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Has the cattle market found the bottom?

Has the cattle market found the bottom?

The cattle markets in the fourth quarter of 2014 and throughout 2015 were psychology driven. The psychology in 2014 took the market higher than it deserved; the psychology in 2015 pounded it lower than the fundamentals would have dictated. The magnitude of the chasm between the highs and the lows seems extremely large as a result and the free-fall the last half of 2015 has everyone asking: how low do we go and when will we find solid footing?  

In a psychology-driven market, it isn’t the fundamentals that turn things around, which makes predicting the market difficult at best. Yet, market fundamentals are still the best indicator we have. Those fundamentals told us the market needed to move downward. We had, and have, a ton of pork and poultry on the market and the largest spread between beef and competing meats we have ever seen. Export demand plummeted, in large part due to the strengthening of the U.S. dollar. Throw in drought in Australia and it made sense to see their imports grow. Additionally, economics told feeders to hold cattle longer and make them bigger, which led to a very uncurrent situation. Couple that with record fed cattle losses and you had the perfect storm for psychology to plummet as well. 

Yet the fundamentals tell us it isn’t all bad news. Domestic demand continues to be solid. Cattle numbers remain at historically low levels, weights are moderating and placements have been below average for several months. So the question is this: will the fed market respond to the positive dynamics that exist? The highs are in, but that doesn’t mean we have to drop off the cliff either. 

Looking ahead, the short term looks like we should have a chance to turn things in a positive direction. From a longer perspective, expansion is underway but the effects should largely be negligible. We may have seen the highs, but there is no need to return to the price levels of a decade ago either.

The opinions of Troy Marshall are not necessarily those of beefmagazine.com and the Penton Agriculture Group.

 

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President Obama shuts down WOTUS resolution

President Obama shuts down WOTUS resolution

As expected, President Barack Obama vetoed Congress's resolution to halt the WOTUS rule. In the veto message, Obama said, “The rule, which is a product of extensive public involvement and years of work, is critical to our efforts to protect the Nation’s waters and keep them clean; is responsive to calls for rulemaking from the Congress, industry, and community stakeholders; and is consistent with decisions of the United States Supreme Court.”

The Senate voted 53-44 on Nov. 4, 2015 and the House voted 253-166 on Jan. 6, 2016 in support of the resolution.  

Obama noted, “Because this resolution seeks to block the progress represented by this rule and deny businesses and communities the regulatory certainty and clarity needed to invest in projects that rely on clean water, I cannot support it. I am therefore vetoing this resolution.”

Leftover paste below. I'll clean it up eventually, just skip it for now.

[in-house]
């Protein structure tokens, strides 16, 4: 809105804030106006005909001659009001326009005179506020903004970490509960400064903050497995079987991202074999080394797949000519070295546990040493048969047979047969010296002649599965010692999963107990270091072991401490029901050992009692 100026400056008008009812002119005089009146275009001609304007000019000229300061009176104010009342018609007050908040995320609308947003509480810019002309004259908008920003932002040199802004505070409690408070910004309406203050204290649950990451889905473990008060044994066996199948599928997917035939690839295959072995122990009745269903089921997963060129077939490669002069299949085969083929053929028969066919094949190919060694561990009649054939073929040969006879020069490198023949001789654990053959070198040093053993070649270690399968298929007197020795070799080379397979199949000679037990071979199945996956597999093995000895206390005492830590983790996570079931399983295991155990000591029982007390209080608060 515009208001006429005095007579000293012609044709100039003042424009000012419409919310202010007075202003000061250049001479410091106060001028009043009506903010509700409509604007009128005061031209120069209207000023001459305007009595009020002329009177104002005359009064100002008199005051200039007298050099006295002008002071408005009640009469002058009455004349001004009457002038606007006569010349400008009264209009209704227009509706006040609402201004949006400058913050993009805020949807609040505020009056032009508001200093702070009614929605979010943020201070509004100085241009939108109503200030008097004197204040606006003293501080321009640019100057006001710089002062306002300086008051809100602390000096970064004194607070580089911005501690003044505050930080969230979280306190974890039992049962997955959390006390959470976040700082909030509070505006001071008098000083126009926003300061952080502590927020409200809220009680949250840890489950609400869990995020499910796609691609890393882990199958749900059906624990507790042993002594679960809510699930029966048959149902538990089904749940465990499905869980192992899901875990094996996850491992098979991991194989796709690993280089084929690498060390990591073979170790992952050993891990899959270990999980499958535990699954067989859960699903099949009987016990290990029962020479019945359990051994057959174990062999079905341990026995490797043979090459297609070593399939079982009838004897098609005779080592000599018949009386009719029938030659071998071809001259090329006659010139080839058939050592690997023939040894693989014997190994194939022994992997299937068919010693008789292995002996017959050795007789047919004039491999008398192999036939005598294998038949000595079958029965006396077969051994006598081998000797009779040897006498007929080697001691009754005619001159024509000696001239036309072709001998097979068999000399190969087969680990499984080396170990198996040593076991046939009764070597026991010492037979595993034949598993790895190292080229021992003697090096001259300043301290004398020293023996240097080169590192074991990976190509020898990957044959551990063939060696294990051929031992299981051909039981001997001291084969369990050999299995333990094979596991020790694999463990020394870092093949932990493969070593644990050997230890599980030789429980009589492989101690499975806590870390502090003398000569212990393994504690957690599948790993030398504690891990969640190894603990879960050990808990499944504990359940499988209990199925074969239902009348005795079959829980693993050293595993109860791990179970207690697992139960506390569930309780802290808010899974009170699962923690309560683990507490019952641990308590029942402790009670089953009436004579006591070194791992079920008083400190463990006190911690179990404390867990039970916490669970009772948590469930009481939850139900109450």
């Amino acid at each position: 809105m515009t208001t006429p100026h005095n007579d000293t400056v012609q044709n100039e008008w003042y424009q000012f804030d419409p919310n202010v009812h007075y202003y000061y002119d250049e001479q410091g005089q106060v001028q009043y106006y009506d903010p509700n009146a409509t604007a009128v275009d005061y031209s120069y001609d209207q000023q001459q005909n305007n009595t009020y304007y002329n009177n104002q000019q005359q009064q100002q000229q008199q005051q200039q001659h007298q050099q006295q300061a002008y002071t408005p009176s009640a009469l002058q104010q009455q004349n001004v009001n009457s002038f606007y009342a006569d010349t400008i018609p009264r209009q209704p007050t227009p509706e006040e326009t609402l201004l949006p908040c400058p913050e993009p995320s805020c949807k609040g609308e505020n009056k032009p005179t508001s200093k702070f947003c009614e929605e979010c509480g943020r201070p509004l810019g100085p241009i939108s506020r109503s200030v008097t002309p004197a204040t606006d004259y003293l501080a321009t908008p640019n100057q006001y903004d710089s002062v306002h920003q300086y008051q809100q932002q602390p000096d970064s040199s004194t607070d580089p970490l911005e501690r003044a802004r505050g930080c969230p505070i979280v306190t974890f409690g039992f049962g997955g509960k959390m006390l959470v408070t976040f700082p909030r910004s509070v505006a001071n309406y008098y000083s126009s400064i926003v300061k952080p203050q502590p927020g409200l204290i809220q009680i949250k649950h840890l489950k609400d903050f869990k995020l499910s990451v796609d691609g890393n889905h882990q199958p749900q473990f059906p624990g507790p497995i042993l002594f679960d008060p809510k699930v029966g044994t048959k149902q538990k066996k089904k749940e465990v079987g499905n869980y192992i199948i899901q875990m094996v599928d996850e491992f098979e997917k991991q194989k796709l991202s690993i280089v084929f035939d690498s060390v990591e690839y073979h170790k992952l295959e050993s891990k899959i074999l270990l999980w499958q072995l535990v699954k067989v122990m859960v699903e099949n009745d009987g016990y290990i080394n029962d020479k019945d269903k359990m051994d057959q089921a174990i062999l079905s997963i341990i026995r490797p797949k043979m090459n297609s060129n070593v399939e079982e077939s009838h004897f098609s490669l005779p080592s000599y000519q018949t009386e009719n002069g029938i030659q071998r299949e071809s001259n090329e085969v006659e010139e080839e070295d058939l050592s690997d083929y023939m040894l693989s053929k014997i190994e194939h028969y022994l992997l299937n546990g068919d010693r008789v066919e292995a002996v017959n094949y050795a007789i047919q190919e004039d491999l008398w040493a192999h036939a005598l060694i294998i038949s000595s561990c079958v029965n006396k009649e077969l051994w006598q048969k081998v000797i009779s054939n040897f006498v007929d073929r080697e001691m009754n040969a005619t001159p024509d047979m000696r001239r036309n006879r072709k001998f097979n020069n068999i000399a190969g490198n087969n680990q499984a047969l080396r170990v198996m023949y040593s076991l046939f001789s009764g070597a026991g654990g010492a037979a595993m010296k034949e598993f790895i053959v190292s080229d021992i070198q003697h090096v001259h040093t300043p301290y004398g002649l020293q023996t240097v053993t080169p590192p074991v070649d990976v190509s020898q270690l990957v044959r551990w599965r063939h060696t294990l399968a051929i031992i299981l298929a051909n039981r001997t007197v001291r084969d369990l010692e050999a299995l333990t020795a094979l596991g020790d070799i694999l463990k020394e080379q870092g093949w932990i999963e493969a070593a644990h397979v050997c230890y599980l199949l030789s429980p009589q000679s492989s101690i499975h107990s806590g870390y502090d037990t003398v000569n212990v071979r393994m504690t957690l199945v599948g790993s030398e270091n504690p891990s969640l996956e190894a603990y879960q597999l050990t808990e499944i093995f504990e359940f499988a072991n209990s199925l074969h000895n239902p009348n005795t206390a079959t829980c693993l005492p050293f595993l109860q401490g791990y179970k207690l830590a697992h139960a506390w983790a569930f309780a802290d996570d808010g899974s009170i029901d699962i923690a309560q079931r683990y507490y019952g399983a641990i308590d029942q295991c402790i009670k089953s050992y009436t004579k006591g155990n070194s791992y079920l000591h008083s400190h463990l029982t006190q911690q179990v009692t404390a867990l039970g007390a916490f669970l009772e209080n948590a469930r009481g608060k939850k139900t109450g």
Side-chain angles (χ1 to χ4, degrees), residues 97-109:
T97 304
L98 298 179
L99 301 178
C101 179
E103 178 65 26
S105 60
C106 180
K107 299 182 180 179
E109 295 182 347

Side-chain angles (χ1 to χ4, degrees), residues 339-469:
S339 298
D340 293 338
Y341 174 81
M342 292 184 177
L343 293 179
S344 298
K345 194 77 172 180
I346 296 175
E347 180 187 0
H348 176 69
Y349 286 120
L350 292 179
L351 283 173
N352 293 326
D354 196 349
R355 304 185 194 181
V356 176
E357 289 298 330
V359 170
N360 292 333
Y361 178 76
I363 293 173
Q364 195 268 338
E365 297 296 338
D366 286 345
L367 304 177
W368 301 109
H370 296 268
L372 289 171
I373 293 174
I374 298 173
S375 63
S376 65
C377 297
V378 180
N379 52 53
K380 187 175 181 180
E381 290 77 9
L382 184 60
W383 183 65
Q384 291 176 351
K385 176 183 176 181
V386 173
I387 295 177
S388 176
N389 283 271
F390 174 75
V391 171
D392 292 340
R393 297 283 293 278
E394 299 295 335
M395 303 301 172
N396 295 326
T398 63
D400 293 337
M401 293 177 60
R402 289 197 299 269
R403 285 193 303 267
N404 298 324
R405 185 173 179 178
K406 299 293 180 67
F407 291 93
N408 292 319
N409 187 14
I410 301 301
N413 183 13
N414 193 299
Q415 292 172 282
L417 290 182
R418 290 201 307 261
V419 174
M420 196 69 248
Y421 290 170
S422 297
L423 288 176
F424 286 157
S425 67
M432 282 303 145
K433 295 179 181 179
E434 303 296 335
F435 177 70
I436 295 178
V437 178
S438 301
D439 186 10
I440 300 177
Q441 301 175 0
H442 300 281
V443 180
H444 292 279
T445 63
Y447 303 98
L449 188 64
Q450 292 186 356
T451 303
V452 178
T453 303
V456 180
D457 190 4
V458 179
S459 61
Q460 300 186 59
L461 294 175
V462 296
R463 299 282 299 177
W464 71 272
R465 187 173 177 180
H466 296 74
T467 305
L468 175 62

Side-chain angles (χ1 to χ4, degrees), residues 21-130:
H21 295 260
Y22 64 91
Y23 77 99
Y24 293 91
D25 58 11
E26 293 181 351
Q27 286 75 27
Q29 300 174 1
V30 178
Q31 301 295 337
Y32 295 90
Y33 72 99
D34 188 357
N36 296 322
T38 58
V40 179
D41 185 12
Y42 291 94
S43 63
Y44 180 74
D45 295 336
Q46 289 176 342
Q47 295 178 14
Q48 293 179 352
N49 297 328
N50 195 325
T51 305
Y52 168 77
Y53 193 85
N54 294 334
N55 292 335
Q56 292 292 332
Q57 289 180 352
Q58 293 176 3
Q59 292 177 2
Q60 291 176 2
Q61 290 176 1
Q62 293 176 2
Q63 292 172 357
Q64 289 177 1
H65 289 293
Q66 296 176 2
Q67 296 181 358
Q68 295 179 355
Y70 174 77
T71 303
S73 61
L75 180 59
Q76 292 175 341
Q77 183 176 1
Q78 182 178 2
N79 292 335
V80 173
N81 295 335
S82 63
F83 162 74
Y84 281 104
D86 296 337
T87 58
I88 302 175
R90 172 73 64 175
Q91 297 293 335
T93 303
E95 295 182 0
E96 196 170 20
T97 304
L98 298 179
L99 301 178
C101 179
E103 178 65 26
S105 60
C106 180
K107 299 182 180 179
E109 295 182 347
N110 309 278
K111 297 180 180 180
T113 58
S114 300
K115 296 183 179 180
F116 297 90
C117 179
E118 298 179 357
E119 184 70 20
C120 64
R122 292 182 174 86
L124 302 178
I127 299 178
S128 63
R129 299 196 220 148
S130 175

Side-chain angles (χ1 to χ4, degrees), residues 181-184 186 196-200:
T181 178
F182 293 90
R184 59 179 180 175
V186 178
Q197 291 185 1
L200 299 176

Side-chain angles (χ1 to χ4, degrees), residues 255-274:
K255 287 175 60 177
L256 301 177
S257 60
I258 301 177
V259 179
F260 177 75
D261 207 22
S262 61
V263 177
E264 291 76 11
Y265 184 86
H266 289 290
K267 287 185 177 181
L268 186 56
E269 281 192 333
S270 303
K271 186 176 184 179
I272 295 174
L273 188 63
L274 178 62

Philip Ellis, president of the National Cattlemen’s Beef Association, said, “In siding with the EPA, the President has ignored the will of Congress, including members of his own party. Moreover, he has taken side against the 32 states, and countless stakeholders who have challenged the WOTUS rule. With Congress clearly showing their disapproval of this rule, the consequences of WOTUS implementation now rest solely with President Obama.”

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6 reasons to trust your supermarket’s meat case

Cathy Yeulet  ThinkStock

I recently read an article titled, “19 reasons why you might want to stop buying supermarket meat,” written by Dan Myers for The Daily Meal. The article was sent to me from a reader, and I appreciate the opportunity to respond to the statements made in this piece.

Myers paints an ugly picture of safe, wholesome meat that’s available at affordable price points.

Here is an excerpt of his opening lines, “If you’re like most Americans, you most likely buy your meat at the supermarket. Be it raw chicken and steaks from the butcher case or cold cuts from the deli counter, we tend to not give much thought to the meat we buy beyond whether it’s fresh and how much it costs. But you might want to think twice before buying your next Styrofoam-and-cellophane-wrapped chicken breast, because what we’re about to tell you may have you buying all your meat at the organic butcher shop from now on.”

Myers’ reasons for avoiding the supermarket meat counter include things like E.coli, Salmonella, Listeria, animal abuse, expiration dates, freezer meat, antibiotics and fecal matter contamination.

While I won’t attempt to address all 19 of his points in one blog post, here are six reasons why I trust my supermarket’s meat options, and why consumers should, too:

1. Meat at the grocery store is safe.